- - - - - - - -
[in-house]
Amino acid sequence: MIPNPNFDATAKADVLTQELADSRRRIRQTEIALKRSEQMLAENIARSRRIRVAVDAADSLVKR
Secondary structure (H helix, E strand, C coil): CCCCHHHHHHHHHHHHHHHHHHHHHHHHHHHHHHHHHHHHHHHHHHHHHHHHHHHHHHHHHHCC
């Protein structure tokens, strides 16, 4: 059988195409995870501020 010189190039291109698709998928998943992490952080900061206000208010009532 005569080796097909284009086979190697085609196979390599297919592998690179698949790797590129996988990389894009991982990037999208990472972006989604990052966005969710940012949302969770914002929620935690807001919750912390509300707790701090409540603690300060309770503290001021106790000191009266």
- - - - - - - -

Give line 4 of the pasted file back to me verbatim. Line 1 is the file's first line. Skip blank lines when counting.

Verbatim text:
């Protein structure tokens, strides 16, 4: 059988195409995870501020 010189190039291109698709998928998943992490952080900061206000208010009532 005569080796097909284009086979190697085609196979390599297919592998690179698949790797590129996988990389894009991982990037999208990472972006989604990052966005969710940012949302969770914002929620935690807001919750912390509300707790701090409540603690300060309770503290001021106790000191009266």